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Europe Casts Wary Eye On IBM's Open-Source Patent Largesse

IBM's pledge to offer free and open access to 500 key open-source software patents reverberated throughout the software industry Tuesday and is likely to have an impact on the ongoing debate over software patents that has been raging in Europe.

In announcing the move Tuesday, IBM said: "The pledge is applicable to any individual, community, or company working on or using software that meets the Open Source Initiative (OSI) definition of open-source software now or in the future." The announcement came the same day that the U.S. Patent Office announced that IBM had filed 3,248 patents last year--more than any other company.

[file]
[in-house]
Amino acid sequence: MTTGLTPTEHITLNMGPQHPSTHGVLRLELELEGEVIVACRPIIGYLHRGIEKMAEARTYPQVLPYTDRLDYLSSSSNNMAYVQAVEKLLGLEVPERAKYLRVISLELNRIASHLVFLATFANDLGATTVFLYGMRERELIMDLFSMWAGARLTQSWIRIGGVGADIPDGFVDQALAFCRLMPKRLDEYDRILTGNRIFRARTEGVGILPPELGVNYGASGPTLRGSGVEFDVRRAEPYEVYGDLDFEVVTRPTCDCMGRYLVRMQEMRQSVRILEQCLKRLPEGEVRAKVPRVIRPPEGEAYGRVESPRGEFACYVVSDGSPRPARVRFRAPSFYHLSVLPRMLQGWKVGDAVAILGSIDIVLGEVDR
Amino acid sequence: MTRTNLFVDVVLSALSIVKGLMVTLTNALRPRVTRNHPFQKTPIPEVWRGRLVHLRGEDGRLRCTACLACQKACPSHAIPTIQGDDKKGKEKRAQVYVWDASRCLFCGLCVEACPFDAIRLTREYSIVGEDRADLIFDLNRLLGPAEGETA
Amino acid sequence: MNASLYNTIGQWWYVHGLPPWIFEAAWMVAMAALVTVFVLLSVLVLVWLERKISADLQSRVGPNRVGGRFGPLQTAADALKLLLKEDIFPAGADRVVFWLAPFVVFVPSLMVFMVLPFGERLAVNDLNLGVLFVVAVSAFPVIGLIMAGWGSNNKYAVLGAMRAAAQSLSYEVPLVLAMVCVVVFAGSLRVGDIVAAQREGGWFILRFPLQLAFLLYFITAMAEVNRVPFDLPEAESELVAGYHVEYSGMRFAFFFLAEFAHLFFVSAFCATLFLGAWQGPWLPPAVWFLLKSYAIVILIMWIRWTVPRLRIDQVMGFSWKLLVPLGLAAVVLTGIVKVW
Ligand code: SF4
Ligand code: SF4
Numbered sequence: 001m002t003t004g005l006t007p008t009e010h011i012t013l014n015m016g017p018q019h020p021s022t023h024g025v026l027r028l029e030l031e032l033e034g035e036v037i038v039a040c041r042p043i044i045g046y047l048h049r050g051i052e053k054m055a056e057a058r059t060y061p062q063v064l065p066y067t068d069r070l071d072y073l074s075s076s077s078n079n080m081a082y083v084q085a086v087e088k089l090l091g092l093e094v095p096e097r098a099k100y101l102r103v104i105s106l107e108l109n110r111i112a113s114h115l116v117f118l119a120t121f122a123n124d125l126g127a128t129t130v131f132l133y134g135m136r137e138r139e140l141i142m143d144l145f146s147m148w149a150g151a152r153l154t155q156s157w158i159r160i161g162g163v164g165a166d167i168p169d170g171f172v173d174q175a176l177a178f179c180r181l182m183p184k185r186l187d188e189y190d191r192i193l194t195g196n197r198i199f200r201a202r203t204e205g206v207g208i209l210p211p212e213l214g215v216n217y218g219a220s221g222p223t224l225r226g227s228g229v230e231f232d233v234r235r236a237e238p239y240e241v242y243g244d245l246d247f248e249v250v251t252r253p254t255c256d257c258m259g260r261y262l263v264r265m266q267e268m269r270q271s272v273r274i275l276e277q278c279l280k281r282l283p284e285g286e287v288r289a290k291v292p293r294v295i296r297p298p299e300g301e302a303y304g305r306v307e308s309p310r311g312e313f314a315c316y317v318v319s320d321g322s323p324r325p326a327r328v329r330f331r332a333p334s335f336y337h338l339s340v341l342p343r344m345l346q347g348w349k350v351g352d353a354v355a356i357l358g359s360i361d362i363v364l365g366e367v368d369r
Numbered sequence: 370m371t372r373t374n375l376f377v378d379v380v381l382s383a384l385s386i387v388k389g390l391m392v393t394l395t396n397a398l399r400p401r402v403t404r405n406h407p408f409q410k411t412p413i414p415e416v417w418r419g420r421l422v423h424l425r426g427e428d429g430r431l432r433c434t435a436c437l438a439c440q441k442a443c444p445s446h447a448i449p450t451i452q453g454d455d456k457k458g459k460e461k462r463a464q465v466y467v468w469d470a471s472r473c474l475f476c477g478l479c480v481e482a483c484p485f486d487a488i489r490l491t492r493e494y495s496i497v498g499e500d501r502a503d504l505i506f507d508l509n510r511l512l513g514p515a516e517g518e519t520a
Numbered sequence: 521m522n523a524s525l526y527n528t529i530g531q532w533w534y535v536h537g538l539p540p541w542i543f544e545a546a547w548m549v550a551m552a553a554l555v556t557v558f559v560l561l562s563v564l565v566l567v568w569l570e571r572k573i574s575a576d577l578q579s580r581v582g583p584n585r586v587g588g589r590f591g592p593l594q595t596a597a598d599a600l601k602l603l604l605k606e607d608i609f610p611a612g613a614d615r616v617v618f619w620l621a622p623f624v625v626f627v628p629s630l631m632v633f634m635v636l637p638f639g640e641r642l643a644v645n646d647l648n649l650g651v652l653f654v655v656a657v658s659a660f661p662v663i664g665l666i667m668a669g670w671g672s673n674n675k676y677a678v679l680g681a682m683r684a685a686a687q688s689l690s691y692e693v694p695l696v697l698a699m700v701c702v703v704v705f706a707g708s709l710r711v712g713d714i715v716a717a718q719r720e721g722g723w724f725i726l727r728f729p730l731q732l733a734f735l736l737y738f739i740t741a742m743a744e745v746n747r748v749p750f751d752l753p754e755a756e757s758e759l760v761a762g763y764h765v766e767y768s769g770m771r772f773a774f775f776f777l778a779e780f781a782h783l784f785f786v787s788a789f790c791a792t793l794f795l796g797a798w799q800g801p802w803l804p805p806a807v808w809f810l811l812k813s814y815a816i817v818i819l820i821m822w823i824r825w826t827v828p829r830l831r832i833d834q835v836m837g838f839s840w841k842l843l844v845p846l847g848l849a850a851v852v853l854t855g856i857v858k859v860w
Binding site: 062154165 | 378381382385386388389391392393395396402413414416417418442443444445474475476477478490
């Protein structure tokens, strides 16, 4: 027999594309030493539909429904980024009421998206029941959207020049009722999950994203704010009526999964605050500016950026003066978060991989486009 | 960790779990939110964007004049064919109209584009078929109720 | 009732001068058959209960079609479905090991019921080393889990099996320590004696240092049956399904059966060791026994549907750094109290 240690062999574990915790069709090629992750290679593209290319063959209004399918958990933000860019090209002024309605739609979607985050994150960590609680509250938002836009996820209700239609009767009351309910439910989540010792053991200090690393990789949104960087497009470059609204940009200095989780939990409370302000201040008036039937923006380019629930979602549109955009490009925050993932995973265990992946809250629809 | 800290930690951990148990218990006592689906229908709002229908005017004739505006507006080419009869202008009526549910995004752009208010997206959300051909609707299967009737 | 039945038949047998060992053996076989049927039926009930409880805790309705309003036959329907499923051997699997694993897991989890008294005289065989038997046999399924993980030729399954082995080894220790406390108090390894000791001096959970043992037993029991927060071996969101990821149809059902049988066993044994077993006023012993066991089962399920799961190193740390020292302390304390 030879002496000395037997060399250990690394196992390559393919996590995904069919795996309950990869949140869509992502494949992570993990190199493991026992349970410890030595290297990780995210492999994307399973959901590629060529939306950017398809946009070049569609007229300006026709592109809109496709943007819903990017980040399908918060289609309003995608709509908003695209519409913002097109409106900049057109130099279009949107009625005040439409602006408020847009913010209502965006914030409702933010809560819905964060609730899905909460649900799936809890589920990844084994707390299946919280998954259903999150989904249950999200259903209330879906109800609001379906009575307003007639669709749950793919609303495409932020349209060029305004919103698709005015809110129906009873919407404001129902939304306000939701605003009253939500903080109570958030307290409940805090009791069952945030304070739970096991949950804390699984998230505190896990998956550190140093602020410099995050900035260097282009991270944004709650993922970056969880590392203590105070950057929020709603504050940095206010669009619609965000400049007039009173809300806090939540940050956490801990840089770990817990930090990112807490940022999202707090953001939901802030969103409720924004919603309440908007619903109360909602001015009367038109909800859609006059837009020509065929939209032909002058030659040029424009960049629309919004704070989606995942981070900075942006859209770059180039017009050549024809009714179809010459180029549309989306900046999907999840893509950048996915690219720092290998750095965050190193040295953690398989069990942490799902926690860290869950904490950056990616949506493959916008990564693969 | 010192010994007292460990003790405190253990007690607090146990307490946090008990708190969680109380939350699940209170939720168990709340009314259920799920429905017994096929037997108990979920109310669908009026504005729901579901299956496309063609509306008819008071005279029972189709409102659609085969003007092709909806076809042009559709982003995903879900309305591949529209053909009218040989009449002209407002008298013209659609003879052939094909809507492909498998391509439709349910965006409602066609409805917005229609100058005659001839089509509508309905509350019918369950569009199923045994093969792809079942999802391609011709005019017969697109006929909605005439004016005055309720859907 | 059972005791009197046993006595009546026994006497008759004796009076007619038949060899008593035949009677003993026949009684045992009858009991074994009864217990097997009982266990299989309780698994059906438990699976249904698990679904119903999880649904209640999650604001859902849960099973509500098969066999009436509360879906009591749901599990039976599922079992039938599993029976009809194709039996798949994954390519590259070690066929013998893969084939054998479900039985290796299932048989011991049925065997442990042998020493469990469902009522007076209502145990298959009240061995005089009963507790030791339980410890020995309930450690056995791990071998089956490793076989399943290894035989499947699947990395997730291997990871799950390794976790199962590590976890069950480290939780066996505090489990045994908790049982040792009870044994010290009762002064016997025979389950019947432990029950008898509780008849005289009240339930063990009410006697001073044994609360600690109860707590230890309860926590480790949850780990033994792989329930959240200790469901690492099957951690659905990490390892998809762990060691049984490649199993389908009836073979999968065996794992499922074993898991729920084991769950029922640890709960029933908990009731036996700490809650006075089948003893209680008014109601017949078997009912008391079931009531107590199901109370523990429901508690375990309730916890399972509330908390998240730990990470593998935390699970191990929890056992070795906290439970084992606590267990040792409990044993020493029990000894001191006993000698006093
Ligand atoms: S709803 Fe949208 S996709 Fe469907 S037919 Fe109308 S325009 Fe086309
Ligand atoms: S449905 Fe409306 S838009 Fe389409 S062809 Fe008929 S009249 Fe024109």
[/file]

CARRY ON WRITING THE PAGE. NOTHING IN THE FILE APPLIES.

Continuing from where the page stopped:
IBM's overall patent policy is underpinned by an effort to keep software and computer patents in force; the European Community has been debating the issue of software patents in recent months, and momentum has been growing to eliminate patents for software there--a move that would be detrimental for IBM and also for its arch-competitor, Microsoft.

"I think IBM is trying to kill two birds with one stone," said Florian Mueller, campaign manager of NoSoftwarePatents.com, a Munich-based association. "IBM wants to appease the open-source people in the U.S. and simultaneously influence the political debate over patents in Europe."

Mueller, who heads the association, said he doubts the IBM move will be able to stop the momentum that he says is growing towards outlawing software patents in Europe. NoSoftwarePatents.com is supported by Red Hat, MySQL AB--both developers of open-source software--and by Germany's 1x1, a large ISP.

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